In flies Broomstick on a breeze.

 

Help! I cry,

and I howl

now I’m feeling very foul.

 

Pop! A wart

more green skin,

shiver like a skeleton.

 

It’s too late

I guess I’ll be,

just a witch for Halloween.

 

 

Inspired by Nature: PB Review

My family loves spending time in the outdoors. After busy days at work, school, and moving through the daily hustle and bustle of life, there’s an urge to escape and get back to nature. A call to the wild, you could say.

Trekking through the forest, discovering a new trail, or watching the kids run wild and free, there is no doubt that nature is healing.

Over the past couple of years, we’ve set a family goal to visit as many national parks as we can. Our kids take part in the junior ranger programs and have the privilege of meeting the park rangers that work tirelessly to protect our landscapes and wildlife.

The kids have learned about animals, plants, trees, and how to preserve our natural treasures. So far they’ve each earned five badges, one for each park we’ve visited.

The reason I share this is that recently, I came across this picture book titled: OLIVER THE SECOND-LARGEST LIVING THING ON EARTH by Josh Crute and illustrated by John Taesoo Kim.  Not only is it beautifully illustrated, but it’s a story inspired by nature.

img_2151-1

Age Range: 4-8

Publisher: Page Street Kids

Synopsis: A tree named Oliver is tired of being the second-largest tree.  He stretches his limbs in winter, lifts logs in spring, soaks up the sun in summer, and munches on mulch in autumn, trying to grow big enough to be noticed. Until he discovers that he’s been a part of something much larger, the Sequoia National Forest.

img_2153-1

It’s a humorous story with a lot of heart, and there’s an excellent note at the end about the Sequoia National Forest and other second largest things in the world.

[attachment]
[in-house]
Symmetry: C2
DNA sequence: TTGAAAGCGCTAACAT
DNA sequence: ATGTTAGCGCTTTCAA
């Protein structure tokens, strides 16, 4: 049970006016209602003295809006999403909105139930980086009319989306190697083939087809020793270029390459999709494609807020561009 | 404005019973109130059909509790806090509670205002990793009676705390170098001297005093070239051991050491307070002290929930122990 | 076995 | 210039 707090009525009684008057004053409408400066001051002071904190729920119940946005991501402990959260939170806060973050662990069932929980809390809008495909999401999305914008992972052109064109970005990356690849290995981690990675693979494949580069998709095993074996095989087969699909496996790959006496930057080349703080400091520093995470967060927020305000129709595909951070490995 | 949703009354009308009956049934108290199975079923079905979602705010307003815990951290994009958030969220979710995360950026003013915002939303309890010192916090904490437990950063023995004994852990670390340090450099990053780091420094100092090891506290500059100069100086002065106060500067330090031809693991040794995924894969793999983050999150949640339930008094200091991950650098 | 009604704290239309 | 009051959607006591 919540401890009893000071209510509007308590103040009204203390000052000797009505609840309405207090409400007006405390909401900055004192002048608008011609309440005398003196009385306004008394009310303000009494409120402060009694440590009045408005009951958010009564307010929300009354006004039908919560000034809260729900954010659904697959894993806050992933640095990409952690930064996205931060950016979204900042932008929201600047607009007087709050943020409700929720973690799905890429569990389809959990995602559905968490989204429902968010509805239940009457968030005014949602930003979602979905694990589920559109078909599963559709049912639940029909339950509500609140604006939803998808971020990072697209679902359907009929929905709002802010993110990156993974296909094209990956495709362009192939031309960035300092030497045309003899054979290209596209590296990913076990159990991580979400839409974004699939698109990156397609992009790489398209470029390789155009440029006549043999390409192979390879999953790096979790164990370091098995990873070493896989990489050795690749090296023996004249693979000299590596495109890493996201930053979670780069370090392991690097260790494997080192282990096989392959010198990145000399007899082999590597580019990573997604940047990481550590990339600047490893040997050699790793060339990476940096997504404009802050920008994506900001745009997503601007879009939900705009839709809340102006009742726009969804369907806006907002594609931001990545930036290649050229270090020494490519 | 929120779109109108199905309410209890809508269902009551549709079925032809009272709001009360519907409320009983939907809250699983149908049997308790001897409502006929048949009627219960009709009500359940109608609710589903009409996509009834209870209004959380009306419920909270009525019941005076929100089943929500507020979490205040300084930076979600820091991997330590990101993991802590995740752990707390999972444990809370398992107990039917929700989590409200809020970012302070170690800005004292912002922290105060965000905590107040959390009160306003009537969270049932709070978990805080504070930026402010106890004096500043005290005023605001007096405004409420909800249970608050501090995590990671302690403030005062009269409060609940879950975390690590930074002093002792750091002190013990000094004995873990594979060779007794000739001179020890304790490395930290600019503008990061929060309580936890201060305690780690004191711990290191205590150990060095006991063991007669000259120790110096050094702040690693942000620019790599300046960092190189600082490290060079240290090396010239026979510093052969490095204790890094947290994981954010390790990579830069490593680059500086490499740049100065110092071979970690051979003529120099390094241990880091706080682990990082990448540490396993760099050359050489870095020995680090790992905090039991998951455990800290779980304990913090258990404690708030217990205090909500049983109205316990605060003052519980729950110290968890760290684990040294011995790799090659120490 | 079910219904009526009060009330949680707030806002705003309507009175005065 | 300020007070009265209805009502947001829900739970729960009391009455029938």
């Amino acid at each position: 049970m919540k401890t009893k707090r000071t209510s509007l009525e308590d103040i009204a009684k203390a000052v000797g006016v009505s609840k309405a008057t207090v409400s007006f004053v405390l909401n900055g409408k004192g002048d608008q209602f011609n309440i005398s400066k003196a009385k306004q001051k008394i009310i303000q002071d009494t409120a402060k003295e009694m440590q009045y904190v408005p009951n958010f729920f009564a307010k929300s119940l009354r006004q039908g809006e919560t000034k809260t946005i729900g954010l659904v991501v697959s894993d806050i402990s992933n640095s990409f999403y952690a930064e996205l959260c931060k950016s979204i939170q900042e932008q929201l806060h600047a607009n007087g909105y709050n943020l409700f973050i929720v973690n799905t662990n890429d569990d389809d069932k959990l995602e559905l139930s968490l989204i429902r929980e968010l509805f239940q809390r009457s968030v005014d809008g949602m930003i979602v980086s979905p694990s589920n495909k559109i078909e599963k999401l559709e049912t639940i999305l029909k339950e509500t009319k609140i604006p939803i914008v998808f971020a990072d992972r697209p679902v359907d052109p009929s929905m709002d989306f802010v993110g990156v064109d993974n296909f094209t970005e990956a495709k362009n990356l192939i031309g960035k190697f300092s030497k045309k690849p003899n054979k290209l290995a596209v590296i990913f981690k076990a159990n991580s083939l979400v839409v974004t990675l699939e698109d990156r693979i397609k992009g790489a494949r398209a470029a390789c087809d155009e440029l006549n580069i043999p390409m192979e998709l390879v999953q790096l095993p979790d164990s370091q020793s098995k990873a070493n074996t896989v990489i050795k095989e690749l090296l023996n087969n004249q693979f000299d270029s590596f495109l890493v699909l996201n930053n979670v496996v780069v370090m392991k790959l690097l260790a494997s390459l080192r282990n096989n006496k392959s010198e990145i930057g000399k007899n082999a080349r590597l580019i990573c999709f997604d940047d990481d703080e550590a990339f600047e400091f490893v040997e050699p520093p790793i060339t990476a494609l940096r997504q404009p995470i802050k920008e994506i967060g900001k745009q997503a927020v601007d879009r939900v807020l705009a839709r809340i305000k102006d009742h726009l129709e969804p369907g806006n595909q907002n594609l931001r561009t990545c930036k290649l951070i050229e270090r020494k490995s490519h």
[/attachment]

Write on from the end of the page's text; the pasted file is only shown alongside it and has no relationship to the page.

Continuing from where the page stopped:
It’s a great reminder for children that you don’t always have to come in first. In fact, being second is important, too.

Words

Words are powerful.

Whether displayed on a billboard, expressed through feelings, or read in a book, they are everywhere. Depending on how they are presented, they can be perceived in various ways.

Naturally, I think of picture books and the effect they have on children, even adults.

Recently, my daughter and I were browsing the local bookstore when she bounded over giddy about a book she discovered.

I glanced at the cover. A young girl was staring at a man wrapped in a blanket crouched down on the sidewalk. At first, I was surprised she picked this. Generally, she’s attracted to bright colors and big illustrations. This story was more muted.

“Will you read this to me, Mommy?” she asked.

We found a bench and admired the modestly sized book.

“OLD MAN by Sarah V. and Claude Dubois.” I  began.

the old man book

The story starts by comparing the life of a young girl and a homeless man. With its sparse text and beautiful illustrations, my daughter and I were captivated.

“Mom? Why is he living on the street?”

“Where is the old man’s family?”

“Why can’t he remember his name?”

Questions poured out of my daughter’s mouth.

Sarah V’s. carefully chosen words kept us reading not two, but three times. We talked about homelessness, empathy, acts of kindness, and showing compassion for others.

When it was time to leave, the book’s message stayed with us. As a family, we talked about it during dinner and brainstormed ways we can help others.

This was another gentle reminder, that words, whether spoken or read in a children’s book, are powerful and have a lasting ripple effect on our lives.

If you haven’t read THE OLD MAN by Sarah V. and Claude K. Dubois, check it out. I highly recommend it!